I was having dinner tonight at Miceli’s. Miceli’s is a venerable Eye-talian restaurant on Cahuenga Blvd in Los Angeles. (What I believe is the original location is on Las Palmas, just off of Hollywood Blvd., but we were at the other iteration.) Miceli’s is old, old, old school Eye-talian, which is exactly what you want sometimes – and tonight, I did. I hadn’t been to the restaurant since I went there on a blind date in the mid-80s. The date didn’t go anywhere, and neither has the restaurant. Things tasted exactly as they should have – and as I remembered – especially the house dinner rolls. My heavens, them boys is tasty.
But, while having this dinner with an old, old, old friend, in the course of conversation, this here blog became a brief topic of conversation (as it will in almost every conversation). My friend told me she liked the blog, especially the way I “never get to the point.”
C'mon; you know you want to eat here.
I have no idea, of course, what she’s talking about. I mean, I’m only (checks the toolbar) 171 words into this and I’m just about to deal with the topic at hand. 171 words? That’s barely clearing my throat.
My topic – continued from yesterday, natch – is the ways in which moviegoing has changed over the years. The spark (no pun intended) for this topic was this: I discovered the Warner Archive Collection podcast in the past week or so, and that’s all I’ve been listening to lately. I’ll freely admit that its content – three film nerds discussing the Warner Archive’s latest DVD releases – is not to all tastes. My lovely and talented wife described it as the most irritating thing she’d ever heard – and this a woman who has lived with me for twentysome years.
The subject is meat and drink to me, though. In-depth discussions of old movies and TV series? Sign me up. Although I must admit that, in my early listening, I kept thinking that the hosts are just too damn enthusiastic about these pictures. They love every one of them – or at least they love parts of them – or at least they shut up about the parts they don’t love. “They need a guy like me,” I thought. “Someone who will call out lousy movies and TV shows.” I then, of course, realized, that these hosts are there for one reason: to sell product, and any disparaging remarks will stop those sales.
I dunno. For all I know, they may genuinely be enthused about all the stuff they’re hawking. But, no matter how hard they try, they’re not going to convince me that either “The FBI” or “Medical Center” are any good.
A series as bland as its logo.
But what got me thinking was a remark they made about one of the movies (I can’t remember which one); that someone had told one of the hosts that they had seen this movie in 1933, and hadn’t seen it since, but still went on to describe it in great detail.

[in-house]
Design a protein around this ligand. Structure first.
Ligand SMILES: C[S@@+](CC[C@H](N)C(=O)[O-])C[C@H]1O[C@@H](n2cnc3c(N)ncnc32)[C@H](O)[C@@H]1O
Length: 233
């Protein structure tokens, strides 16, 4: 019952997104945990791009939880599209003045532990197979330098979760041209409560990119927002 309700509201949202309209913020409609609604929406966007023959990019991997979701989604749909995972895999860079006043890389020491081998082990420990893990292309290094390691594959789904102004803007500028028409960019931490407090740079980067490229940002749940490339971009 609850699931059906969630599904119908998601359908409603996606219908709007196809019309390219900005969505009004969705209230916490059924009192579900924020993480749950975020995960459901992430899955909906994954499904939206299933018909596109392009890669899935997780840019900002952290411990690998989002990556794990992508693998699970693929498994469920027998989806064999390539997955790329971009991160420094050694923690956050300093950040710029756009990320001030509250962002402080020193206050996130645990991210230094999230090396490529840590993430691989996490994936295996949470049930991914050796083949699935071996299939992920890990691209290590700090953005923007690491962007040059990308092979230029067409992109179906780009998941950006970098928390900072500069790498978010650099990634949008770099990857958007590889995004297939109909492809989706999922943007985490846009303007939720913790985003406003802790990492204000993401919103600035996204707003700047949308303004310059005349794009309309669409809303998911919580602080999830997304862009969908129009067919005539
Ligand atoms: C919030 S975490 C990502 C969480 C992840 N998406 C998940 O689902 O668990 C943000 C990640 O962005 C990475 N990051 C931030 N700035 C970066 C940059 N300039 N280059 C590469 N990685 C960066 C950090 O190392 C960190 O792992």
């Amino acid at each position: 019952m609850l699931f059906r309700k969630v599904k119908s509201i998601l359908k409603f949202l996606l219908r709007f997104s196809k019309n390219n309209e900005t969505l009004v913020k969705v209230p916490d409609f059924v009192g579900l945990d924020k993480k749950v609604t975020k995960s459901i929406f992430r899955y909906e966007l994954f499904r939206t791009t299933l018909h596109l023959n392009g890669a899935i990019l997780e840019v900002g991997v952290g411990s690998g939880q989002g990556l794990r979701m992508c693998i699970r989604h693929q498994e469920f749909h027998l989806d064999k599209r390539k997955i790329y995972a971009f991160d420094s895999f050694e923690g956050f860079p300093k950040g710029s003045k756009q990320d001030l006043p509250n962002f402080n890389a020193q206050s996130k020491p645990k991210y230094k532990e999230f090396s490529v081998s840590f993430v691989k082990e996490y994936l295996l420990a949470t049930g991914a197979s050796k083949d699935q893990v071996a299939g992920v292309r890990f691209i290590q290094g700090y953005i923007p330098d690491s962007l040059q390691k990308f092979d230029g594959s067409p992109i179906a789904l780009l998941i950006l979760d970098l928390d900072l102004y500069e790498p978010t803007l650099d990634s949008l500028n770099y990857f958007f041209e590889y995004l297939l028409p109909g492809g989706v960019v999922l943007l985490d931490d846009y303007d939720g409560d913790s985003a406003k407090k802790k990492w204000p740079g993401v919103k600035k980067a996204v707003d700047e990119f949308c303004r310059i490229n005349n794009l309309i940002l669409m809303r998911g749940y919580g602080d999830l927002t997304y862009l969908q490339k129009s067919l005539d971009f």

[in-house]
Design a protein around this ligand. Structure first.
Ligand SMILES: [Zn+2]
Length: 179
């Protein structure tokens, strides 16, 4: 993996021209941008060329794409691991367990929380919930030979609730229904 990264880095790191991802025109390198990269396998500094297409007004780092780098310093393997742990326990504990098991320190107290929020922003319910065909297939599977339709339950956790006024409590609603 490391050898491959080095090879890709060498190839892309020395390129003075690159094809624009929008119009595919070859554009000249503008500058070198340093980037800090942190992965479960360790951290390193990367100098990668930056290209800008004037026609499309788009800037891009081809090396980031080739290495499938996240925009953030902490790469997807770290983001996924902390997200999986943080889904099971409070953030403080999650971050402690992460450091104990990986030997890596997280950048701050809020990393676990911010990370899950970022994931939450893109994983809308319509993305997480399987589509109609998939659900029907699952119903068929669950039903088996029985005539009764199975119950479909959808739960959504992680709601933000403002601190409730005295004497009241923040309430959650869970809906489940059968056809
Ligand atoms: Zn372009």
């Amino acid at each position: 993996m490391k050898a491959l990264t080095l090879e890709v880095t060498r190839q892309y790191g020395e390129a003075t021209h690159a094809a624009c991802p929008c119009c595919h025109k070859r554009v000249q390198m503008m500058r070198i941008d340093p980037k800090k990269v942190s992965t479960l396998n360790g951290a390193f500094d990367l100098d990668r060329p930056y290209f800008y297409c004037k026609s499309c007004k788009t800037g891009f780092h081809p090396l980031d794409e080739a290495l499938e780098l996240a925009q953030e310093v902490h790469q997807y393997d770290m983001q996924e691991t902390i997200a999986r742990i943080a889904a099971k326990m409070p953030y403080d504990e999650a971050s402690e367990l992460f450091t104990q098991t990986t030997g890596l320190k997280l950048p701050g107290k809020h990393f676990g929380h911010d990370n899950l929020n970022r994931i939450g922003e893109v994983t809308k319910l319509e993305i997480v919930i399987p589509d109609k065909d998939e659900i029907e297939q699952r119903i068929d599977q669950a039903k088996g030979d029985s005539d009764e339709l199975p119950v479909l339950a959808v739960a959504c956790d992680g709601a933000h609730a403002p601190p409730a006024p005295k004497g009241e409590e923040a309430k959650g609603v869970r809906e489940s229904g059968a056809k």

Nowadays, if I want to watch something or see something, it’s almost always just a few clicks away. I can get it through fair means (Netflix, Amazon, Hulu, YouTube) or foul (wouldn’t you like to know?), but whatever it is, it’s probably out there and available to watch or listen to. Like so much in our modern lives, there’s a good chance I’ll be instantly gratified.
When I was a kid, though, it was different. There were plenty of things you knew you were going to see only once, or if not once, rarely. If there was a television show you wanted to see, you had to be by your set when it was on; there were few second chances. Oh, you might be able to catch it in the summer if they re-ran it (and the odds of that were not good; most shows shot 30 or even 39 episodes and re-ran only about 10 or 13) or the show didn’t have a summer replacement series. You generally had only one shot. (Summer replacement series weren't all bad, by the way. Patrick McGoohan's "The Prisoner," a television landmark by any standard, was the summer replacement for "The Jackie Gleason Show.")
Also known by its alternate title: "Failed Pilot Showcase."
And movies on TV? I know I was not alone in getting the new issue of TV Guide and scouring it to see what movies would be showing the following week. Sometimes, you’d get lucky and a great picture would be scheduled in prime time. (All three – yes, three – networks had prime-time slots dedicated to movies, and competed to buy the rights to show the latest Hollywood hits. Hell, they’d even show really old black-and-white movies, even after all of the networks had moved to color broadcasts.) About the only evidence of this still remaining is ABC's annual Eastertime broadcast of "The Ten Commandments," a movie that has nothing to do with Easter.
Almost makes you want to pop up a
big bucket of popcorn, doesn't it?
In the middle of writing this post, I realized that I'd hit 1,300+ words and was nowhere near the end, so I've chosen this spot to leave matters until tomorrow.
Suffice it to say, I've missed getting to the point once again.